Should the Ranger Raptor happen upon a less-capable vehicle that has become stuck, it boasts four tow hooks. The two front tow hooks are rated at 9,920 pounds while the rear tow hooks can handle 8,377 pounds. Naturally, the receiver hitch can be used as a recovery point, too. While Ford didn’t give its maximum weight rating, the Ranger Raptor as a whole is rated to pull a 5,511-pound trailer. We’d bet its shock rating is nearly double that.

The Ranger Raptor’s defense against underbody trail damage comes via beefy skid plates. The corrugated plate is 2.3mm thick and is stamped from high-strength steel. It protects everything below the front steel bumper and down to the front suspension crossmember. Two other skid plates used on the convention Ranger protect the engine and transfer case.

Of course, none of this would matter if the Ranger Raptor didn’t have a strong backbone. Ford gave the truck a new and reinforced ladder frame that’s said to have been specifically designed to handle the rigors of high-speed off-roading. The frame includes provisions to accommodate the larger suspension system, along with the upgraded bumpers and underbody skid plates.

What's Under the Skin of the 2019 Ford Ranger Raptor?
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Ford’s biggest surprise for the 2019 Ranger Raptor, at least for those trucks in the Asia Pacific market, is an all-new 2.0-liter twin-turbo four-cylinder diesel.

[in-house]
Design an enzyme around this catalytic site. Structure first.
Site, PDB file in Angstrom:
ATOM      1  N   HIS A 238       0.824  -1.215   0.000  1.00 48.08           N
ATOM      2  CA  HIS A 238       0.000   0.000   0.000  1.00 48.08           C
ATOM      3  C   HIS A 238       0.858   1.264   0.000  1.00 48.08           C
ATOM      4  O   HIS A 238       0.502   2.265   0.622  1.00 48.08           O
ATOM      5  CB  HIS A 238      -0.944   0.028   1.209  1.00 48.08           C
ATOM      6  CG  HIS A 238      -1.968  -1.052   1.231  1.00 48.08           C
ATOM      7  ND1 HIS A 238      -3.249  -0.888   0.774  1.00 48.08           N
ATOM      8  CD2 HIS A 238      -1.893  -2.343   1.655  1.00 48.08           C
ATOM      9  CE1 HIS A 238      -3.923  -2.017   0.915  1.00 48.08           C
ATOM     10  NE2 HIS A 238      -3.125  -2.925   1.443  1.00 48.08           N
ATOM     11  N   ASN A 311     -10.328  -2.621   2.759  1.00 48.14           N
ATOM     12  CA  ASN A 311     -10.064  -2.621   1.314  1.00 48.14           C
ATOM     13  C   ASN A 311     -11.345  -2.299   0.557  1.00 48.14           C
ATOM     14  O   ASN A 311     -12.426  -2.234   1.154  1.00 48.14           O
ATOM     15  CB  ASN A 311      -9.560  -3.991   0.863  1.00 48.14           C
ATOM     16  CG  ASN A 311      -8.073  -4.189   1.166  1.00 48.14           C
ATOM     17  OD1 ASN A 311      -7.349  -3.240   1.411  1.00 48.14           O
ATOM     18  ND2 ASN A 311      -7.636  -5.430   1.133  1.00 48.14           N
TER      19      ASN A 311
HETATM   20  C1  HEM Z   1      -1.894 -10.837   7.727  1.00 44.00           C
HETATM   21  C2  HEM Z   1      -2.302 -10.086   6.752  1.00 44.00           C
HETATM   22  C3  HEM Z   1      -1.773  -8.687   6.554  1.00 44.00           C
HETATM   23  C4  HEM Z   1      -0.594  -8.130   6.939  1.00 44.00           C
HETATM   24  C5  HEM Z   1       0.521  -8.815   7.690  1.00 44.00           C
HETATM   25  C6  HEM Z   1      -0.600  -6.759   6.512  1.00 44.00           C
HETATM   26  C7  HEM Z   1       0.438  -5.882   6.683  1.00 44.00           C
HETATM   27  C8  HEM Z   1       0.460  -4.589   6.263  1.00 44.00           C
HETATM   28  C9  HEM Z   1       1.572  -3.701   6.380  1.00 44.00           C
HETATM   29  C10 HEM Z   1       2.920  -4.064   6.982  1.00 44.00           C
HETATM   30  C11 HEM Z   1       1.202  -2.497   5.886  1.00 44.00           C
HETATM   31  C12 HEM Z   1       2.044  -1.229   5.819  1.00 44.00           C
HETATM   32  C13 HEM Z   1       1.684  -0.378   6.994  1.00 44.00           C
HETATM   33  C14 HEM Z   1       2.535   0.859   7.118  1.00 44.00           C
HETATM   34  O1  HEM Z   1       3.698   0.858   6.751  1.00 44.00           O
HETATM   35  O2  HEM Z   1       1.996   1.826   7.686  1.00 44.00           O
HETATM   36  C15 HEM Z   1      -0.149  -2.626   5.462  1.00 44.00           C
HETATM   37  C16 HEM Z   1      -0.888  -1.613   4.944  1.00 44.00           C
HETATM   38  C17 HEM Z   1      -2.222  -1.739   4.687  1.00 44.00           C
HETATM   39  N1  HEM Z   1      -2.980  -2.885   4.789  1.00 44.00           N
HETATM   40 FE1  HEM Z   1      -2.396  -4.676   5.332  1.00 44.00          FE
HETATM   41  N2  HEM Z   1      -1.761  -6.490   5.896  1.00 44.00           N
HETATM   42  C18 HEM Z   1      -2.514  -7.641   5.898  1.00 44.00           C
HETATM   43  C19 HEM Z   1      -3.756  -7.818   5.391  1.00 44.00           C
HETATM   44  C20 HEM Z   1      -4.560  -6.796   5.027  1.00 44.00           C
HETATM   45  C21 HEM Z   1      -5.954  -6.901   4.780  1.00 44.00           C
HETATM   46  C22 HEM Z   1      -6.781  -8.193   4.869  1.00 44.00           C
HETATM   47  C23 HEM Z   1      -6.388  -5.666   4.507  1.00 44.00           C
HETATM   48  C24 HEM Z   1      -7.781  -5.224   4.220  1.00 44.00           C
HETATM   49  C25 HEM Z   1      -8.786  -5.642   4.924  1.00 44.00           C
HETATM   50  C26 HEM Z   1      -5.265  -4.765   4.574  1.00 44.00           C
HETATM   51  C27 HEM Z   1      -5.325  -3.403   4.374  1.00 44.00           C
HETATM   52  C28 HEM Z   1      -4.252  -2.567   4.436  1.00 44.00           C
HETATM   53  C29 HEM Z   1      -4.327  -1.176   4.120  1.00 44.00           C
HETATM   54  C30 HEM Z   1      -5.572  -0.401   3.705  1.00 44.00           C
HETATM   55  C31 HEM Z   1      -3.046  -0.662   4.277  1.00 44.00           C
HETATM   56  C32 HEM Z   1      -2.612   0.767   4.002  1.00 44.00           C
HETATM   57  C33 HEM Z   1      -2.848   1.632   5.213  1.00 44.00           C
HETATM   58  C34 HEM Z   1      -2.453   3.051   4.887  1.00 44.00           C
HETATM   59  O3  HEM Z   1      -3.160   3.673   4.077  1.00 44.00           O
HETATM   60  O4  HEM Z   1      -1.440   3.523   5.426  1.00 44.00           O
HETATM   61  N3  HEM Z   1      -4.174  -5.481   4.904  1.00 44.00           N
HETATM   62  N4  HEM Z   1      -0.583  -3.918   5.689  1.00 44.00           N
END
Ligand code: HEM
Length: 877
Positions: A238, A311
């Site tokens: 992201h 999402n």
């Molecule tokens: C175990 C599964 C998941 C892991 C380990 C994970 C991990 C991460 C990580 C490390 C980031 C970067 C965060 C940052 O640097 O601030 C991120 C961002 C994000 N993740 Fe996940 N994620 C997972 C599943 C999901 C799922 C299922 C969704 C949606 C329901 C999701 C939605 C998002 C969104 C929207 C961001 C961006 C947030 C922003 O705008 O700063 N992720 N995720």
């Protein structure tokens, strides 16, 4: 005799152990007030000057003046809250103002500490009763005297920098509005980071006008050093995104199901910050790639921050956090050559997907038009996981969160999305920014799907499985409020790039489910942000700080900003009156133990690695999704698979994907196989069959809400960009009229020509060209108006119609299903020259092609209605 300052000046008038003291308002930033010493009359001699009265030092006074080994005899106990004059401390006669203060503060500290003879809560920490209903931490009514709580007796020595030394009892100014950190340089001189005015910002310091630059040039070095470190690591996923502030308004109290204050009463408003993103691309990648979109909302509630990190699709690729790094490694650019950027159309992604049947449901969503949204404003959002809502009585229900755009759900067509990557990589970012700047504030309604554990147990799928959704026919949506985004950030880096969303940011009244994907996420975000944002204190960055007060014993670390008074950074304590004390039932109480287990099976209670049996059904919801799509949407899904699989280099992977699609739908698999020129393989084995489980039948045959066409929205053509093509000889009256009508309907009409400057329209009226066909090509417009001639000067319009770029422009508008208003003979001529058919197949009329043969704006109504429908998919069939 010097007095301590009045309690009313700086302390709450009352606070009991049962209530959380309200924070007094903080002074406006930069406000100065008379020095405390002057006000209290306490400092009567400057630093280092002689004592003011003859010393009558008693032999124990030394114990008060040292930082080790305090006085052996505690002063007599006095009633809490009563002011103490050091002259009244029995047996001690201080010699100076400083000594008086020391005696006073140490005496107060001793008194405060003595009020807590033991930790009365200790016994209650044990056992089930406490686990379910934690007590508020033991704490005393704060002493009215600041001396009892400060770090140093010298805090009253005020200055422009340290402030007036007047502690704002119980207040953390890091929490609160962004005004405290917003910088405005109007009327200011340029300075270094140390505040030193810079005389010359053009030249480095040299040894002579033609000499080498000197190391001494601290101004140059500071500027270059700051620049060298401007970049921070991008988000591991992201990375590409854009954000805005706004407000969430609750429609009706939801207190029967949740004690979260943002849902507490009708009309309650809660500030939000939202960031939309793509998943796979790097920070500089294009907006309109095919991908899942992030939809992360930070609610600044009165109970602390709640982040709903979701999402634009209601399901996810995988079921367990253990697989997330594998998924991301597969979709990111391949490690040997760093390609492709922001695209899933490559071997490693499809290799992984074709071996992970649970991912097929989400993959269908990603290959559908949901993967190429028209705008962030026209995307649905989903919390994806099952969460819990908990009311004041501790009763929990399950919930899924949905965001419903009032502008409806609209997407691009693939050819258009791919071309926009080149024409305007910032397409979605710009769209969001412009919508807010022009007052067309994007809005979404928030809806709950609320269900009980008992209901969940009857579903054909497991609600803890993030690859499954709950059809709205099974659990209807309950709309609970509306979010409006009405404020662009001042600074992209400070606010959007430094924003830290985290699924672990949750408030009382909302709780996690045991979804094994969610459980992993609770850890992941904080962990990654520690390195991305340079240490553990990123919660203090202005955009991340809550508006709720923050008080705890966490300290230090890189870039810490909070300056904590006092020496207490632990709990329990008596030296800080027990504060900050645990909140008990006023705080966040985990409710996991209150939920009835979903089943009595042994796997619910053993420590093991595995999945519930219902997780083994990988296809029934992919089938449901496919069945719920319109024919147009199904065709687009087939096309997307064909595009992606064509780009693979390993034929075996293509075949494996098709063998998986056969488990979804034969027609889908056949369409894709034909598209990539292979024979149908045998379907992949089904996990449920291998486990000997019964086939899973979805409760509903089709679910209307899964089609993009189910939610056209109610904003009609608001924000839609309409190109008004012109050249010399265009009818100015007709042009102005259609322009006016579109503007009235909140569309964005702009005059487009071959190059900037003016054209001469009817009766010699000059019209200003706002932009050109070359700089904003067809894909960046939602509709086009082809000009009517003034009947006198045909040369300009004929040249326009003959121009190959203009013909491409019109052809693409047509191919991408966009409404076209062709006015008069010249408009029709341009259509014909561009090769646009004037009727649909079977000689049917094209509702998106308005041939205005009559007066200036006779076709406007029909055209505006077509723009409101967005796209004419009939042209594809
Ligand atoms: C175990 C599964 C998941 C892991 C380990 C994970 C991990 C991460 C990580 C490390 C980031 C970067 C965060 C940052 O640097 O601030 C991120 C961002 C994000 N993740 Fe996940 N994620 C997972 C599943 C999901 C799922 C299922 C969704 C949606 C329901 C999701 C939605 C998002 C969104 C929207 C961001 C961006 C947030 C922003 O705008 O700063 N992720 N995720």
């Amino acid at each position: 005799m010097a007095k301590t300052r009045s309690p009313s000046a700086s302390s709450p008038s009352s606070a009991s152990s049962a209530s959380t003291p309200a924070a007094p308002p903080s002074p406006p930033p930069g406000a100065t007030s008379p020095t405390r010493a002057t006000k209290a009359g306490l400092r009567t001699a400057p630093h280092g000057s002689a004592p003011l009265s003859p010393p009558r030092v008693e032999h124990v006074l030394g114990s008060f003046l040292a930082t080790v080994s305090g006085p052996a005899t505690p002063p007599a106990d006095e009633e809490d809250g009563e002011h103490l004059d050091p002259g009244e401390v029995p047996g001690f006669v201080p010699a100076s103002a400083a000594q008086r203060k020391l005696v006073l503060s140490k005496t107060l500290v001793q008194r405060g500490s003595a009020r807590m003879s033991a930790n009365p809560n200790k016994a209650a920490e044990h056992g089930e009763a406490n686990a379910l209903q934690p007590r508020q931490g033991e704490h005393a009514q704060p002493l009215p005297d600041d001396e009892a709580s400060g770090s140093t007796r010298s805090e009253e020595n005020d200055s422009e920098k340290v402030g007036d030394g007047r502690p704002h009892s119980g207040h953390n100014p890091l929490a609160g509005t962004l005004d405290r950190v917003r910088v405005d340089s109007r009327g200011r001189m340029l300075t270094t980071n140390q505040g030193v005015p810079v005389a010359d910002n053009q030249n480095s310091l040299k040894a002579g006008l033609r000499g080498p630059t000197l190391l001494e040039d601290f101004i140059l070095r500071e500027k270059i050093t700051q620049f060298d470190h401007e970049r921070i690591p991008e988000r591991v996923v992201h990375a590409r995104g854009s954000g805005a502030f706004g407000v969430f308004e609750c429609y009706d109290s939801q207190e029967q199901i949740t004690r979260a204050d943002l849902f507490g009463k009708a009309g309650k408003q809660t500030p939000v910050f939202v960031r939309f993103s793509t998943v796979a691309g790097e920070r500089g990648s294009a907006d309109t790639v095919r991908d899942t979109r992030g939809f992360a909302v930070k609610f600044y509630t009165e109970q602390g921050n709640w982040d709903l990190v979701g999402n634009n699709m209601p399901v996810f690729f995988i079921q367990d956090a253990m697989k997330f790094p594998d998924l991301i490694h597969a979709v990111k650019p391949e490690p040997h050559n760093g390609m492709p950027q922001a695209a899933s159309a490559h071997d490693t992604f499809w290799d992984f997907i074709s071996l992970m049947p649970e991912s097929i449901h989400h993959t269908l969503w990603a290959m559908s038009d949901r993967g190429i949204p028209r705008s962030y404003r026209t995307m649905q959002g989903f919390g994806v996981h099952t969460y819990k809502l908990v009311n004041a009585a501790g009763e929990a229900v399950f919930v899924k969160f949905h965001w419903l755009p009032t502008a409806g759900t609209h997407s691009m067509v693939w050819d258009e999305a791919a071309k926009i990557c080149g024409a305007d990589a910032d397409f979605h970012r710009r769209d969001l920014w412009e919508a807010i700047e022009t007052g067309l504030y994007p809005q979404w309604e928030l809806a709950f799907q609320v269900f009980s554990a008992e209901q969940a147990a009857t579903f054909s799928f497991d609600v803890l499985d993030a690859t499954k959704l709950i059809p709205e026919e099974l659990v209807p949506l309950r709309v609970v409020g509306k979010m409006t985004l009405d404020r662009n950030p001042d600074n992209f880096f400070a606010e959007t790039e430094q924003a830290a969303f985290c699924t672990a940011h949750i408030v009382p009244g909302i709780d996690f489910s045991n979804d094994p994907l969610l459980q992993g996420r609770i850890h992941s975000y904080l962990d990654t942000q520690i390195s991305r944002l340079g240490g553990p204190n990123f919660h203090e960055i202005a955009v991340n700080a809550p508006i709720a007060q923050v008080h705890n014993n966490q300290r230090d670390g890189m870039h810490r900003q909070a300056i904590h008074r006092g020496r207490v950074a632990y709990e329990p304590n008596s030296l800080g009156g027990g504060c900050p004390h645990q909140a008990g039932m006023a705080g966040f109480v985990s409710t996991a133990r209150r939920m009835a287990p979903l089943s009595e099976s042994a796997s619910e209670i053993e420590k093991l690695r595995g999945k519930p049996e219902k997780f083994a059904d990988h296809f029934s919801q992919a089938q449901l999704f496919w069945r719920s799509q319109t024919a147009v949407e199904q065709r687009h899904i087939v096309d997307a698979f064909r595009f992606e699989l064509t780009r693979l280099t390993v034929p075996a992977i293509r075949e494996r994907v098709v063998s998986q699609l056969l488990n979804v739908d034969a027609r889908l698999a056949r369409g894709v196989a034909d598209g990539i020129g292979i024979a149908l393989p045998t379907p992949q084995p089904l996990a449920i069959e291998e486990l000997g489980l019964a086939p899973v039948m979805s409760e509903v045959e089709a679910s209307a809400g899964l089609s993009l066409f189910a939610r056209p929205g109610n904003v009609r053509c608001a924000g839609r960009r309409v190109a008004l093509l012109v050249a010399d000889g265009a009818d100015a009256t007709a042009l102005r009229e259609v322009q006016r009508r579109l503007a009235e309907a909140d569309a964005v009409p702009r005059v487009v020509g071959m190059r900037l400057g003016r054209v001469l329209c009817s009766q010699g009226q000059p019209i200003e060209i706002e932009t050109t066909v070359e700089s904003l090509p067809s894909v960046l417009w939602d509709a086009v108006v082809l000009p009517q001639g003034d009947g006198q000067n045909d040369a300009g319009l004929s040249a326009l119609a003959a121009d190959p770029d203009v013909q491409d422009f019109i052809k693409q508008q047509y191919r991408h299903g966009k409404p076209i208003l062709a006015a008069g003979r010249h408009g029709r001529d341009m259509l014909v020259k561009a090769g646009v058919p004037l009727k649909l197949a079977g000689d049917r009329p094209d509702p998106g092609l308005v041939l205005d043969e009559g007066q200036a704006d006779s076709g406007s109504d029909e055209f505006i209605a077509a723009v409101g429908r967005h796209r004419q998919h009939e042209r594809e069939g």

Ford’s biggest surprise for the 2019 Ranger Raptor, at least for those trucks in the Asia Pacific market, is an all-new 2.0-liter twin-turbo four-cylinder diesel. The engine was designed with Raptor duties in mind and was subjected to thousands of hours of grueling torture testing. The engine uses compound turbos to eliminate turbo lag while providing huge amounts of boost. The result is 210 horsepower and 369 pound-feet of torque.

Not surprisingly, Ford is using its new 10-speed automatic transmission. Ford hasn’t released any information on the Ranger Raptor’s transfer case or whether the rear axle includes electronic locking differential or a Torsen limited slip in the front. We’re betting the T-case will use the same style technology as the F-150 Raptor, though, since Ford is using the same driving modes as the F-150 Raptor.

These modes include Normal, Sport, Grass/Gravel/Snow, Mud/Sand, Rock, and Baja. Like with the F-150 Raptor, these modes likely change the engagement and behavior of the T-case, all by toggling through the drive modes via the selector switch on the steering wheel.

Ford hasn’t released any info on a U.S.-spec Ranger Raptor, though we fully expect that to happen sooner rather than later. The standard Ranger will arrive in the U.S. for the 2019 model year, so news will likely break before the fall of 2018.

Stay tuned to TopSpeed.com as we continue our coverage of the 2019 Ford Ranger Raptor.

References

Ford Ranger

What's Under the Skin of the 2019 Ford Ranger Raptor?
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Read our full review on the 2019 Ford Ranger Raptor.

2019 Ford Ranger
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Read our full review on the 2019 Ford Ranger.

2017 Ford F-150 Raptor High Resolution Exterior
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Read our full review on the 2018 Ford F-150 Raptor.